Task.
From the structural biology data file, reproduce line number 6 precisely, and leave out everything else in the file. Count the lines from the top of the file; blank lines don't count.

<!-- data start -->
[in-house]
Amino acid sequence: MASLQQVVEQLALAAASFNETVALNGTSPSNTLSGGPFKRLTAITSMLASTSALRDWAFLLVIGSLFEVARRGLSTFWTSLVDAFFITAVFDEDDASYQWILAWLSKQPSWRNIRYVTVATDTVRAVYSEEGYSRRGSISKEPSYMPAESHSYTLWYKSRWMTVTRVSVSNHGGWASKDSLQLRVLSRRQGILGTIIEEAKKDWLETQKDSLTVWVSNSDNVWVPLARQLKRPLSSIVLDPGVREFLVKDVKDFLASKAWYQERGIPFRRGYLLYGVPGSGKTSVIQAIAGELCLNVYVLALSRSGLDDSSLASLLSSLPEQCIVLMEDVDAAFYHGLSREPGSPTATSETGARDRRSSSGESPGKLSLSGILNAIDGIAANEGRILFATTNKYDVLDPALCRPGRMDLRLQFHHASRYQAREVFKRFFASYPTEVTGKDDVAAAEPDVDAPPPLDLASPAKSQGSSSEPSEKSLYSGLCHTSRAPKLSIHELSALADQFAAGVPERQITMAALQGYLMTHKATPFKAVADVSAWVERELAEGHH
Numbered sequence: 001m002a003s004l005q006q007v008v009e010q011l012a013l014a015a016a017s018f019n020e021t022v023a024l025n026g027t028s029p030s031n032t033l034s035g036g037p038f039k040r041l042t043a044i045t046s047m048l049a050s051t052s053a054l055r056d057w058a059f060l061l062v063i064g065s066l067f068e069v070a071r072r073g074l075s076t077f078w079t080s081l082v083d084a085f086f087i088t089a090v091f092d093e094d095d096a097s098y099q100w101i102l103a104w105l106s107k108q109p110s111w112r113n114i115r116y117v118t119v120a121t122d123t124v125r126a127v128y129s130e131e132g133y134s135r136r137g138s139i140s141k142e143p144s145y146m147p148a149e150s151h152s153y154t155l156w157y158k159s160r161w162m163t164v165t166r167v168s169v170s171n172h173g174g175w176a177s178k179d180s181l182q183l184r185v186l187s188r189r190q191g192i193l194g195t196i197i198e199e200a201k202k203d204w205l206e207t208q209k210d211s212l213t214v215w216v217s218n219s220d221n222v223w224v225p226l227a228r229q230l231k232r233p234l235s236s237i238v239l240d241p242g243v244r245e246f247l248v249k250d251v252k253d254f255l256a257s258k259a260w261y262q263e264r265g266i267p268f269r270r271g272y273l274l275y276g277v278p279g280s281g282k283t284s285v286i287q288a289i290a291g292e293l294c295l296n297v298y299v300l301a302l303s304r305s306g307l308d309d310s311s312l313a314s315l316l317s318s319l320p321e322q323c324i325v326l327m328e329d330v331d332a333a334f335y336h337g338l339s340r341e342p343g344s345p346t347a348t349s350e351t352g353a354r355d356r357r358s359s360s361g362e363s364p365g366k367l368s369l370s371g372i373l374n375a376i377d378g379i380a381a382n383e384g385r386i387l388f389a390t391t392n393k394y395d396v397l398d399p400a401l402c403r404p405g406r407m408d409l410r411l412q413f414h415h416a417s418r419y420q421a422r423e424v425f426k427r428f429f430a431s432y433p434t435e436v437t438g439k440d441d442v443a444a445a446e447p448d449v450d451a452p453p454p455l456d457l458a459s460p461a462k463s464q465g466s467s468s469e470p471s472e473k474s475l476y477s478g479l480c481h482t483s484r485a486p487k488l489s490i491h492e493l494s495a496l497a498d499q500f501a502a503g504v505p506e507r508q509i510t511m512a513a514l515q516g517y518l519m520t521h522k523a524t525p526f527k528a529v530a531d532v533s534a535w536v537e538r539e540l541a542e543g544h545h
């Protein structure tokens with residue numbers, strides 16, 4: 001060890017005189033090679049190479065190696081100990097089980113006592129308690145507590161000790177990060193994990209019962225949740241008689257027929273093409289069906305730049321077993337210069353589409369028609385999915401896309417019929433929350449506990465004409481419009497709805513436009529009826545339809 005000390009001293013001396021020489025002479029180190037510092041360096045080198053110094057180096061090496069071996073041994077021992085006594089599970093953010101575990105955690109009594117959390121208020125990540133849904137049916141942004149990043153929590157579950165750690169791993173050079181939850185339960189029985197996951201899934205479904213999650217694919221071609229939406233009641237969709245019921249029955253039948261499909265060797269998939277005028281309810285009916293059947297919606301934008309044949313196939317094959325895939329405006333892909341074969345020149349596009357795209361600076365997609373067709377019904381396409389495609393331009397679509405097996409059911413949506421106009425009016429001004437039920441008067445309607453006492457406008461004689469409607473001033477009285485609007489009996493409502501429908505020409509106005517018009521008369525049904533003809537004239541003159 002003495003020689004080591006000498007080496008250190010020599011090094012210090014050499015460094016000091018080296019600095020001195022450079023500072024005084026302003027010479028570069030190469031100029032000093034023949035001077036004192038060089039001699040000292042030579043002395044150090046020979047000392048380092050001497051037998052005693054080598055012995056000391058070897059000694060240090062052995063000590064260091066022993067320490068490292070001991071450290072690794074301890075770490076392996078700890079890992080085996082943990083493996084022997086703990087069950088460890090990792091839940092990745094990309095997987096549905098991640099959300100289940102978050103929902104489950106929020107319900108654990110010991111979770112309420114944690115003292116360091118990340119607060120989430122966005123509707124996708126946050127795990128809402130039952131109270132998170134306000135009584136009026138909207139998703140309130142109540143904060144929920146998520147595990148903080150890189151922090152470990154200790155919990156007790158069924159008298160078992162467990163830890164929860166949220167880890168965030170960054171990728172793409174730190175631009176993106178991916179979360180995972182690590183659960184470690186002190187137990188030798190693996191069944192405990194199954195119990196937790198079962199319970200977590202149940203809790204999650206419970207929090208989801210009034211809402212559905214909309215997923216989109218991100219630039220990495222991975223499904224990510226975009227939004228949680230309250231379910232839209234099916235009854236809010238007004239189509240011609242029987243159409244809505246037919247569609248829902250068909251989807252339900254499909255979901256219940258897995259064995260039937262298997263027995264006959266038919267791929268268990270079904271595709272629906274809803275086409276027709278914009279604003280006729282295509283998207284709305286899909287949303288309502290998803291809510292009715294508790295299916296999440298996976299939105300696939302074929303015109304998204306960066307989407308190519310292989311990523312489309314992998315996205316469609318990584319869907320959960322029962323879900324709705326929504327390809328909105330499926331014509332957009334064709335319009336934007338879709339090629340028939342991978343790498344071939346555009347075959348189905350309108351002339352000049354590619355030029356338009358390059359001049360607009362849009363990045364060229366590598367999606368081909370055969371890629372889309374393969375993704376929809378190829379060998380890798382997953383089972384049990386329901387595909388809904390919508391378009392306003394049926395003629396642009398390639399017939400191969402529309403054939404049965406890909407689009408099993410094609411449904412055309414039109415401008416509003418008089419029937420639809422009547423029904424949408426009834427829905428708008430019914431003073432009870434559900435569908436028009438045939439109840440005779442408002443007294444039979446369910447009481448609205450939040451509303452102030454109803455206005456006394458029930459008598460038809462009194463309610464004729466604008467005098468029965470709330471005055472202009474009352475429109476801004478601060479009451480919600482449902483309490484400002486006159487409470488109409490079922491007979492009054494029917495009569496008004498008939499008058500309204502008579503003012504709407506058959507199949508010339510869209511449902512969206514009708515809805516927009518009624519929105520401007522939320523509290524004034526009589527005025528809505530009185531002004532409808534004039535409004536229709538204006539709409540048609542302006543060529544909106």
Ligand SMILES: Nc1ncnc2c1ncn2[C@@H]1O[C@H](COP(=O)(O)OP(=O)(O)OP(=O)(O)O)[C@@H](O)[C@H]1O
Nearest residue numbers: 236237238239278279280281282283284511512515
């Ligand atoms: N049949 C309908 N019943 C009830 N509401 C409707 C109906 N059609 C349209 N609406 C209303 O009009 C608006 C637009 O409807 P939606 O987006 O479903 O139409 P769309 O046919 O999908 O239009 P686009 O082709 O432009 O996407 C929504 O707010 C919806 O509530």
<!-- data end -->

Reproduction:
Nearest residue numbers: 236237238239278279280281282283284511512515